Publicity at the Barbican Hall last week had advertised “Pappano Violin Concertos” leading one to think that Antonio Pappano had added another string to his bow. Pappano did conduct Shostakovich Violin Concerto no 1 with Viktoria Mullova, but for me the question was: what would Pappano do with Mahler Symphony no 6 ? Answer : he’d do Pappano Mahler.
Given that Mahler is so ubiquitous these days, there’s no reason we can’t come up with Mahler of a very different flavour. Pappano is a brilliant conductor of Italian operatic repertoire, but he’s also no mean conductor of symphonic work, Indeed some of his finest moments have been with the Accademia di Santa Cecilia in Rome. He’s introduced a new series of orchestral concerts at the Royal Opera House, too, an excellent idea which complements the operatic fare. Surprisngly enough, some opera fans don’t often listen to music without singing or celebrity stars, so Pappano’s intiative enhances their experience. (Read my review “Text Sublimated” of Pappano’s first ROH orchestral concert here)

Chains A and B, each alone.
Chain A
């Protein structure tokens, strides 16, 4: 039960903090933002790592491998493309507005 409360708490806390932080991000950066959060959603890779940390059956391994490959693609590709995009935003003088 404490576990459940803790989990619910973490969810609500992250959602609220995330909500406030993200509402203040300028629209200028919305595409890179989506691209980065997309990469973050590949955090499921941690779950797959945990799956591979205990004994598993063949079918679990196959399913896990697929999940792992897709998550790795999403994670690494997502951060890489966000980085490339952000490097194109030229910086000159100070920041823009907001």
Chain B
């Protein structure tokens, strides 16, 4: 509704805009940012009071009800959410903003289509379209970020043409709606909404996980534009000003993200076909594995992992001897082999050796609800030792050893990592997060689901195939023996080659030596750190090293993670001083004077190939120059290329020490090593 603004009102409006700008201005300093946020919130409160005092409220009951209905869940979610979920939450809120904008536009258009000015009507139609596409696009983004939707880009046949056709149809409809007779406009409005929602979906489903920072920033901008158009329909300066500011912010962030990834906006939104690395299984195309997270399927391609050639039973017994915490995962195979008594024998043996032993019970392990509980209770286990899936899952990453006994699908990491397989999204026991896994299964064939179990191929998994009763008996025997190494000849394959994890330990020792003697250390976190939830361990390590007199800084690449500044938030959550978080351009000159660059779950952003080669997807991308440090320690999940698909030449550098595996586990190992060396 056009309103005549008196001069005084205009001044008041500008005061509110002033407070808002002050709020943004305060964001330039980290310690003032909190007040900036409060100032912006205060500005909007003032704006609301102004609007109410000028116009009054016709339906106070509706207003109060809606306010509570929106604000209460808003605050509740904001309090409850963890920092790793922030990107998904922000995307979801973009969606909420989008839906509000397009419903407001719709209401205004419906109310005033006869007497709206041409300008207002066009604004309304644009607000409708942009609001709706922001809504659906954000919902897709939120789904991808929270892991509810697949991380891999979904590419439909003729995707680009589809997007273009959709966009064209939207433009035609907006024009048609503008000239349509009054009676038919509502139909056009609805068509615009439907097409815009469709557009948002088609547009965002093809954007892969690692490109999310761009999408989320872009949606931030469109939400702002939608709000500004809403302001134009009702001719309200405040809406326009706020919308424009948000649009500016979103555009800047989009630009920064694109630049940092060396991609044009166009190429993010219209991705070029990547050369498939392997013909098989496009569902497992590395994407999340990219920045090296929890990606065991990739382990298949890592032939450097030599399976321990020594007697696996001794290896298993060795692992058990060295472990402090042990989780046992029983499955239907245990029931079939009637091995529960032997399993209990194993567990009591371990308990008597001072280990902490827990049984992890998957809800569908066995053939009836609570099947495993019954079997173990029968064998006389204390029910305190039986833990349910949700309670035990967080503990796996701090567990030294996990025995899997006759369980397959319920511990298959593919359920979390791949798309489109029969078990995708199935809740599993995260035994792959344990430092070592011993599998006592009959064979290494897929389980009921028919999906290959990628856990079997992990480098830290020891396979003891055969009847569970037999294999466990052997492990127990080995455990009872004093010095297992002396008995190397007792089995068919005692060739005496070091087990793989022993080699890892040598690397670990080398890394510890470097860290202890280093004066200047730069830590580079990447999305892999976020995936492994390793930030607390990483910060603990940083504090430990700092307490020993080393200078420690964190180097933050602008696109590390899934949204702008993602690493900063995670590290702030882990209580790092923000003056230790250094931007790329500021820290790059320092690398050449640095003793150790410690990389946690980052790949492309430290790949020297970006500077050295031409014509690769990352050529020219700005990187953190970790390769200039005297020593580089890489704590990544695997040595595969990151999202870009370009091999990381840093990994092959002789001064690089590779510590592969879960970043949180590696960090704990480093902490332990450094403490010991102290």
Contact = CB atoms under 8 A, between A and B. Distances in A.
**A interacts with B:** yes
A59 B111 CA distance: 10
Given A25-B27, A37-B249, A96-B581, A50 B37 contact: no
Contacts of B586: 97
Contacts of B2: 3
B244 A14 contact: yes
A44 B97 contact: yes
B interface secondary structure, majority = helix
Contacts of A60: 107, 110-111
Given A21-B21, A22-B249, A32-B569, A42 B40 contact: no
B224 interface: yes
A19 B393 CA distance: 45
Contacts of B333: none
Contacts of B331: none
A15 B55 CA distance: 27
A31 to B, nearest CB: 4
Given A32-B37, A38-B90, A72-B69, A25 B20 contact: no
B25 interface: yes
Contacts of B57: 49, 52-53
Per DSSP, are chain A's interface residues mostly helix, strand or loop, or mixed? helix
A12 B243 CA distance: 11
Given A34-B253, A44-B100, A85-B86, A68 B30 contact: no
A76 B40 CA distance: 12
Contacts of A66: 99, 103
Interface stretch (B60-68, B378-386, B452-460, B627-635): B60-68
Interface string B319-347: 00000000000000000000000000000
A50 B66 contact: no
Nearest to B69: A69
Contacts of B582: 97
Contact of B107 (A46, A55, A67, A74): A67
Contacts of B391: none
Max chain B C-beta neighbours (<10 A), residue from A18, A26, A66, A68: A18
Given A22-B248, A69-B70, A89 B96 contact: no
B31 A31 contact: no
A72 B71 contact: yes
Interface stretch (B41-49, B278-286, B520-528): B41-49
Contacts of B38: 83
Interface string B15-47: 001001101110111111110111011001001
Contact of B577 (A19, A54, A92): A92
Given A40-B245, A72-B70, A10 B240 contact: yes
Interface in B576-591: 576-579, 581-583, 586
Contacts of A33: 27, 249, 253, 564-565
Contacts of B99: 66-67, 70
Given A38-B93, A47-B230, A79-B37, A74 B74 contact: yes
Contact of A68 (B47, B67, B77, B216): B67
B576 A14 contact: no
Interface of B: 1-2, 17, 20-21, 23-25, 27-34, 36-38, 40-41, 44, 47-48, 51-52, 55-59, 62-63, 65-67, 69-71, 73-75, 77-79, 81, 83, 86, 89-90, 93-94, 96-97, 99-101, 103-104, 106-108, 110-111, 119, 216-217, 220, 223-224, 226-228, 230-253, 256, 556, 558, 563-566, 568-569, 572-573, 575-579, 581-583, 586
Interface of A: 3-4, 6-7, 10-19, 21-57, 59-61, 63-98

In his day job, Mahler conducted opera, so Pappano’s Mahler was certainly interesting in that context. Pappano does Mahler with flair, though he has far too much taste and good sense to overdose on theatrical histrionics. Good solid playing from the LSO, with whom Pappano has worked many times. Altogether enjoyable enough, though not as illuminating as one might expect from Mahler specialists. Pappano won’t go down in history as a Mahler conductor. Some will never get his Wagner, either. Pappano’s Mahler was certainly much more rewarding than Sinaisky and Karabits, who’ve both done Mahler this week. At the end of the day, being a really good conductor, as opposed to a good conductor, pays dividends.
Original Source: Pappano Mahler 6 LSO Barbican